XIII. Modification Of Benefits/Return To Work

    If the employee has returned to work, the employer can modify (reduce) the worker’s compensation payments by an appropriate amount if they mail notification to the employee and the Bureau of Workers’ Compensation within seven days of modifying compensation with an affidavit attesting to this fact. The employee can challenge this matter by so indicating on the notification form and filing such with the Bureau within 20 days of receiving the modification notice. (Effective August 23, 1996.)

    XIV. Supersedeas Hearing

    The insurer/employer can send to the Bureau of Worker’s Compensation a Physician’s Affidavit that the employee has fully recovered, based on an examination (conducted) within 21 days of filing the petition to terminate payments. The Worker’s Compensation Judge must them hold a special hearing and decide if worker’s compensation payments will be stopped. (Effective August 23, 1996.)

    XV. Worker’s Compensation Judges Decision

    Workers’ Compensation Judges have to explain their reasons for rejecting competant and uncontroverted evidence when writing their decision. Judges must also meet new qualification standards to be hired, must complete 20 hours of added training per year, and must meet extensive ethical requirements.

    XVI. Delays in Litigation

    Excessive or unreasonable delays by employers/insurers can lead to penalties of up to 50%. The penalty is paid to the person receiving compensation.

    XVII. Compromise and Release Agreement

    The Parties can enter into a Compromise and Release Agreement (settlement). Both parties must agree to the terms of the agreement and a Workers’ Compensation Judge must approve it.

  • If you and your employer or its insurance company cannot agree on the payment of benefits to you for any claim, then the matter should go into litigation in front of a Worker’s Compensation Judge. After a trial the Worker’s Compensation Judge will issue a decision either granting or denying you workers’ compensation benefits. Worker’s Compensation Judge decisions can be appealed to the Workmen’s Compensation Appeal Board and them to the Commonwealth Court.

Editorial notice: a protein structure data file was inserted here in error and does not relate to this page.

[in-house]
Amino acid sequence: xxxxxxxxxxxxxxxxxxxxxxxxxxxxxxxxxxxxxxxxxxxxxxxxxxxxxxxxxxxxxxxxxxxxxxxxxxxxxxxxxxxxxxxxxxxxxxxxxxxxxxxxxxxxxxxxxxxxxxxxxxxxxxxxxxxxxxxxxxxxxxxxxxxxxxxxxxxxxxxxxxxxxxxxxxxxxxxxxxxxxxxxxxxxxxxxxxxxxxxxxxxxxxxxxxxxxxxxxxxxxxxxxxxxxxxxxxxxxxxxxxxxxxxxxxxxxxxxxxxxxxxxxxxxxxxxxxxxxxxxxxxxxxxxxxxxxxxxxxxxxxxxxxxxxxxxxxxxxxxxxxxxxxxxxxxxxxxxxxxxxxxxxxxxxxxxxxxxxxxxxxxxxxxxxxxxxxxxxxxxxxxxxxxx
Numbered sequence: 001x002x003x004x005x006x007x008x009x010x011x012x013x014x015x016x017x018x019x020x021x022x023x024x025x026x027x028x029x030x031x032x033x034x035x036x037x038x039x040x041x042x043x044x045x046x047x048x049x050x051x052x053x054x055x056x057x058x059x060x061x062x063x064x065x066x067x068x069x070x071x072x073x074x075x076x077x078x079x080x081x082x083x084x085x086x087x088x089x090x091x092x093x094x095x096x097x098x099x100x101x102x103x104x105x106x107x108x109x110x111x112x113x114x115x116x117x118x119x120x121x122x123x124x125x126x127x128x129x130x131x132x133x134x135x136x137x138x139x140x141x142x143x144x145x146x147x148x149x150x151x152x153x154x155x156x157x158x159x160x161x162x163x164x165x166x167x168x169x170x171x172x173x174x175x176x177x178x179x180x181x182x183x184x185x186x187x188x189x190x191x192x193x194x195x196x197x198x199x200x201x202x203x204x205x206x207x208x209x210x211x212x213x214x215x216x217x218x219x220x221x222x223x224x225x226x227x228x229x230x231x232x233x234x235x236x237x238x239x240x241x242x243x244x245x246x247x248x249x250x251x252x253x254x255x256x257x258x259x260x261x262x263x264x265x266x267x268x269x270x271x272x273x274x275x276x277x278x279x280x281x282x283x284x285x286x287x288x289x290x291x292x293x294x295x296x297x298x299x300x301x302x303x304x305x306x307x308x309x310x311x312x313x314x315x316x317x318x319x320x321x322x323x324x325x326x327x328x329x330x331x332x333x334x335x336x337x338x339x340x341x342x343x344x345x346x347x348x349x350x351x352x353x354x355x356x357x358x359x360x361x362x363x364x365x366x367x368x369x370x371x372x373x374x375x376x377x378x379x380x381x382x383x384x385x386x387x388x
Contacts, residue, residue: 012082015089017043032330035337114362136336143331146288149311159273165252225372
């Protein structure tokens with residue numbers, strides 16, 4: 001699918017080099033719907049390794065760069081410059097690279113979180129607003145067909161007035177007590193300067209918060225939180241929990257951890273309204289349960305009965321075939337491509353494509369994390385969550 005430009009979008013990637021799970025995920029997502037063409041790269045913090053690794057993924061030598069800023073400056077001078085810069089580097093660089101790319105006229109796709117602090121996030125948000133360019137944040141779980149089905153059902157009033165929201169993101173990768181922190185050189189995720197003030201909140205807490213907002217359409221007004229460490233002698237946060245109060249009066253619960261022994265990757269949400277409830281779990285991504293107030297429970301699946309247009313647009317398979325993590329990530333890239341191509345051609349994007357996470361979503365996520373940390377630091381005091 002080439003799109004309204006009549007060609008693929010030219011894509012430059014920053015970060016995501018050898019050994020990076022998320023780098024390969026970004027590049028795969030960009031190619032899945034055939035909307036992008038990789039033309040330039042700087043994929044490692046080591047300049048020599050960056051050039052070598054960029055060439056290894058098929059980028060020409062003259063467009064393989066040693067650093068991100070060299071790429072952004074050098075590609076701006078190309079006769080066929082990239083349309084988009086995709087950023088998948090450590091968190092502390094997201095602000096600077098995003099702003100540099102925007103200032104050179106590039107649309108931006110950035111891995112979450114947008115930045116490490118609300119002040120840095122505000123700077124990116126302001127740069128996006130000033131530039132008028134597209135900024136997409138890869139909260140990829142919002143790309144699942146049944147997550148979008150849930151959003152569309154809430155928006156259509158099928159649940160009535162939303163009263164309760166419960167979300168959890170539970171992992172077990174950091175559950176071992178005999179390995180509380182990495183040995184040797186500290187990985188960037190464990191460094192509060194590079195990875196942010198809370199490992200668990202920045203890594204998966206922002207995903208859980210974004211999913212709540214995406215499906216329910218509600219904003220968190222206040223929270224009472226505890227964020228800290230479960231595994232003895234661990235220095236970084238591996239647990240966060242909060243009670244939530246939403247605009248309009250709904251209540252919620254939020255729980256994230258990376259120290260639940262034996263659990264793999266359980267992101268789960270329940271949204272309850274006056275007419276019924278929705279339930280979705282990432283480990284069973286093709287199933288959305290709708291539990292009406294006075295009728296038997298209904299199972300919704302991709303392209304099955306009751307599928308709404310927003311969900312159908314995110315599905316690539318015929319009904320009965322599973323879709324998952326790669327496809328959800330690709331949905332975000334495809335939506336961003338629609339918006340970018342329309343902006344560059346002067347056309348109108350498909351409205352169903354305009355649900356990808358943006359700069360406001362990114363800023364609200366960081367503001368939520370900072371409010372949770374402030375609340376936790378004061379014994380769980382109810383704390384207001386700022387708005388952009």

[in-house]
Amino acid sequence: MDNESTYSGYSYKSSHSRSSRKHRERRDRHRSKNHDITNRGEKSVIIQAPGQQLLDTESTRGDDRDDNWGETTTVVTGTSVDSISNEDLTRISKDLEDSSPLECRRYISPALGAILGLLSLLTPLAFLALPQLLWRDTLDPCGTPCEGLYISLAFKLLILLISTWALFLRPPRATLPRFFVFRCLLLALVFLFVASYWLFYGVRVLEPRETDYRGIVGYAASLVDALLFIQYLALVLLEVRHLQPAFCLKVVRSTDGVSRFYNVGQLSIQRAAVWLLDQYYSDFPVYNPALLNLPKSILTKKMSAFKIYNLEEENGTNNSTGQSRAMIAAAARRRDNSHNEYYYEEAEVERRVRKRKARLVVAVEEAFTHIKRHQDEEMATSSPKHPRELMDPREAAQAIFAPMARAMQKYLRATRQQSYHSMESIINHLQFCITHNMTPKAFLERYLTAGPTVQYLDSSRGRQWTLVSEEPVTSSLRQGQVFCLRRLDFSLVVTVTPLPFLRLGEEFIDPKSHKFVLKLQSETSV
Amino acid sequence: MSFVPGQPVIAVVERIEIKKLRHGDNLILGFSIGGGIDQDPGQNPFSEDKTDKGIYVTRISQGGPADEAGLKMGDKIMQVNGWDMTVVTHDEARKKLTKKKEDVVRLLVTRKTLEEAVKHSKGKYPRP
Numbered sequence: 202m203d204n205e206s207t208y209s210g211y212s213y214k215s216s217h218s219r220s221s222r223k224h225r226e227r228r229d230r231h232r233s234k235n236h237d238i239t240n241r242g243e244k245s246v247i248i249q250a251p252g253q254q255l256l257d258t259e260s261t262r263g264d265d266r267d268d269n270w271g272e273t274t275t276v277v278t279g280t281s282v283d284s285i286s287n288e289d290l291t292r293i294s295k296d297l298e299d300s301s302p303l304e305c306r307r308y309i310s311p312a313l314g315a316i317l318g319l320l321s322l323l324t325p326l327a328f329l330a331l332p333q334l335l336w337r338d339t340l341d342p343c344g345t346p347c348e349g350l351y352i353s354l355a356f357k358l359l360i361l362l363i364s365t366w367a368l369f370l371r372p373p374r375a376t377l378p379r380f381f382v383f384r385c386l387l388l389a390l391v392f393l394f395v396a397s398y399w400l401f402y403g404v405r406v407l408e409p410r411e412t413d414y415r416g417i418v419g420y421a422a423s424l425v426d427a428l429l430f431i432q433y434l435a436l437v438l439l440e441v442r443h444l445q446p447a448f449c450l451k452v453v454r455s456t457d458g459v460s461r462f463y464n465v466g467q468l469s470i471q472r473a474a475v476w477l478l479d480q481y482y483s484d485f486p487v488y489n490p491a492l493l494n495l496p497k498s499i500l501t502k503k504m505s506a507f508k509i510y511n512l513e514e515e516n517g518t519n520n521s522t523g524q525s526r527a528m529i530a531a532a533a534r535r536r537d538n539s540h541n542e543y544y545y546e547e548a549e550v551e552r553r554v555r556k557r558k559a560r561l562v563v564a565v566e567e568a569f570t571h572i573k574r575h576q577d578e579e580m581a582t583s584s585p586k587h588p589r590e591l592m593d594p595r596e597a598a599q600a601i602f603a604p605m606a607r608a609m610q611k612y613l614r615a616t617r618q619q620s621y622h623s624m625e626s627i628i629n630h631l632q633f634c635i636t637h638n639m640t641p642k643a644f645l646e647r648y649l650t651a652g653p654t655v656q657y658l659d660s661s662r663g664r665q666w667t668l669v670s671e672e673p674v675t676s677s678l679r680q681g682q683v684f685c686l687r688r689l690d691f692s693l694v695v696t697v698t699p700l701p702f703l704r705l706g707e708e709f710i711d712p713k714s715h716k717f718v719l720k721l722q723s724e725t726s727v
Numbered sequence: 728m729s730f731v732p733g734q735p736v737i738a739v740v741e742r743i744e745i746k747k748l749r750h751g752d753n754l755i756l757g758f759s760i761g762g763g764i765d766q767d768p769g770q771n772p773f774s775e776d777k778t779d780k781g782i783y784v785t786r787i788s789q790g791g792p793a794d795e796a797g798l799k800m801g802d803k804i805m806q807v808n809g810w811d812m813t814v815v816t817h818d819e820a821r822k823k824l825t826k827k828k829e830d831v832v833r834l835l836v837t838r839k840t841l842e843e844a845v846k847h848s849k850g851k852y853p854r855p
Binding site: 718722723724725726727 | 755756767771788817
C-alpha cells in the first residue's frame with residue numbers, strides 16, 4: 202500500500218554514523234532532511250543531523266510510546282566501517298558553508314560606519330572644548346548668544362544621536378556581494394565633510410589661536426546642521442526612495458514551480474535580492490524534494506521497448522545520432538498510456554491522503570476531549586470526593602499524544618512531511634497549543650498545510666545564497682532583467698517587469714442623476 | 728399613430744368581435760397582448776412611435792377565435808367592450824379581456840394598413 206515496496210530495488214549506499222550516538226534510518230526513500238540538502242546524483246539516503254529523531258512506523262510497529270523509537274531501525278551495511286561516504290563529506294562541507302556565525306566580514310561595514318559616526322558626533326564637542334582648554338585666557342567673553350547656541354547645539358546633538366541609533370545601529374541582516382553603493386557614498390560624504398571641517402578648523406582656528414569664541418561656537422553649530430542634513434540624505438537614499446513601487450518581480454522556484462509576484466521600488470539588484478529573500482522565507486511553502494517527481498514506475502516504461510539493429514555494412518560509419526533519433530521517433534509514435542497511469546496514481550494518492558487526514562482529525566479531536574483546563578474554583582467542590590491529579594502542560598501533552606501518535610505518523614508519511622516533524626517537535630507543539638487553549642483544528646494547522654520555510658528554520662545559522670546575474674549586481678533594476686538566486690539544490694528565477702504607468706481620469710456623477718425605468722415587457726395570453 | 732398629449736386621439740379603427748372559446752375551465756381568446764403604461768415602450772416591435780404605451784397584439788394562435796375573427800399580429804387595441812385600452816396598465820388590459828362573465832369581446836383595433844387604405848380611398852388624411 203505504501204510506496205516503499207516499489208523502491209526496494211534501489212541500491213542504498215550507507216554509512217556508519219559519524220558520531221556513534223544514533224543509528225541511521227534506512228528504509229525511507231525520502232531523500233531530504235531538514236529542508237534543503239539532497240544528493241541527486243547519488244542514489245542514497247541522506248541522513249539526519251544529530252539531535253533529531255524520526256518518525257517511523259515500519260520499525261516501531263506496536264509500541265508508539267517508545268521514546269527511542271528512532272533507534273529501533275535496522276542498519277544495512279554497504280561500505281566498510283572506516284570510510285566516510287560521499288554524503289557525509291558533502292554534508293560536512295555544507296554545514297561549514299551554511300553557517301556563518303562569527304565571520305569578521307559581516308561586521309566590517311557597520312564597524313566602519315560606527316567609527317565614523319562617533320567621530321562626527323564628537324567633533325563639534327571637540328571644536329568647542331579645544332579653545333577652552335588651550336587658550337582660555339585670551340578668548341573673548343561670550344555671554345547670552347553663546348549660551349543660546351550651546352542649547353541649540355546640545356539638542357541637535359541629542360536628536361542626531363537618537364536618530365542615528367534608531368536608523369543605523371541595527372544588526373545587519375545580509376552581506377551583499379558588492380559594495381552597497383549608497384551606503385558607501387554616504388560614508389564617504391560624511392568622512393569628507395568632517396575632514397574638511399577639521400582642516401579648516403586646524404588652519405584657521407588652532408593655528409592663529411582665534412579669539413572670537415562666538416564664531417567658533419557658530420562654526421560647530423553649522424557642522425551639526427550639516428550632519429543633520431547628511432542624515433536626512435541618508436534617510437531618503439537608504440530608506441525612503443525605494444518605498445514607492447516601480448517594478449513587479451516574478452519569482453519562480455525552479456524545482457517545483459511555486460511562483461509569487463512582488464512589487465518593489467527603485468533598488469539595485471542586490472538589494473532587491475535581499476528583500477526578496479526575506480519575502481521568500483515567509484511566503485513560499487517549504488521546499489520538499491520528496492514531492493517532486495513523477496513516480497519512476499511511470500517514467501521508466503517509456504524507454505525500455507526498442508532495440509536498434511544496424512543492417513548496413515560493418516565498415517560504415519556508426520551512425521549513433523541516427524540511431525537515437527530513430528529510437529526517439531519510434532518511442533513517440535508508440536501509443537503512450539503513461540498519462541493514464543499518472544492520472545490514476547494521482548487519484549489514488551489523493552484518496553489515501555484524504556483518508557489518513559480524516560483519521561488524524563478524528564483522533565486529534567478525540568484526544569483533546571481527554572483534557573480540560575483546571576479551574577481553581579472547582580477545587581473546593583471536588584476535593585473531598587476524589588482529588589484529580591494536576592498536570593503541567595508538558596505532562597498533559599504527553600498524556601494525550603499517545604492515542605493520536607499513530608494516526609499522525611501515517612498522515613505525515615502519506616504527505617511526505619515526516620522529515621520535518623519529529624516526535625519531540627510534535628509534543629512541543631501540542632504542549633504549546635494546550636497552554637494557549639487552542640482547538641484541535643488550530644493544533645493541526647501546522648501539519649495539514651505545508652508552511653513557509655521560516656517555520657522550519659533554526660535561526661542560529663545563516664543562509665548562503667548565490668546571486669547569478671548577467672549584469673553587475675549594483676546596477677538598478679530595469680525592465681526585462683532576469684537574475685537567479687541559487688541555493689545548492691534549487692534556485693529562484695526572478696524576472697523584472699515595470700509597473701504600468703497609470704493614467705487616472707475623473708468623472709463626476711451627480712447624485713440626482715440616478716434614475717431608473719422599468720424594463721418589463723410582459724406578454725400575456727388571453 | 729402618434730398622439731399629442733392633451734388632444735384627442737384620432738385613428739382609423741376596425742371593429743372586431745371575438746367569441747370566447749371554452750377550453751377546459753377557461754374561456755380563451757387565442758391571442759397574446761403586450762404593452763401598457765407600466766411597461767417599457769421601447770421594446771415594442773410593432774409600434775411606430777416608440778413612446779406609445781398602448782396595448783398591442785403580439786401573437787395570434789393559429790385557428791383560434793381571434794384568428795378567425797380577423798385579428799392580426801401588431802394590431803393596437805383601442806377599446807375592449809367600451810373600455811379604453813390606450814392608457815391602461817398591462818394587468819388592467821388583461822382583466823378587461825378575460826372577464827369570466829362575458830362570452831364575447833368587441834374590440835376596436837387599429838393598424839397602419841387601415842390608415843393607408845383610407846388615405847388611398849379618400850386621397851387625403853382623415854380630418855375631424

• If you think you haven’t received benefits due you, contact your employer or your employer’s insurance carrier. The insurance carrier is allowed 21 days from notice to the employer of your work related disability to decide to accept or deny your claim.

    If the problem still hasn’t been resolved, it may be necessary to see a lawyer and file a petition with the Bureau of Workers’ Compensation. Forms can be obtained through the Hotline at 1-800-482-2383, the website www.dli.state.pa.us or (TDD) 1-800-362-4228 for people with a hearing loss. The Bureau is responsible for assigning petitions to a local Worker’s Compensation Judge.

  • Worker’s compensation litigation is complex and your employer or your employer’s insurance carrier will be represented by an experiened attorney. In order to have the best chance of winning your case, YOU SHOULD HIRE a worker’s compensation lawyer. Any fee that you agree to pay the lawyer must be approved by a Workers’ Compensation Judge. Usually the fee is contingent on the lawyer getting you benefits.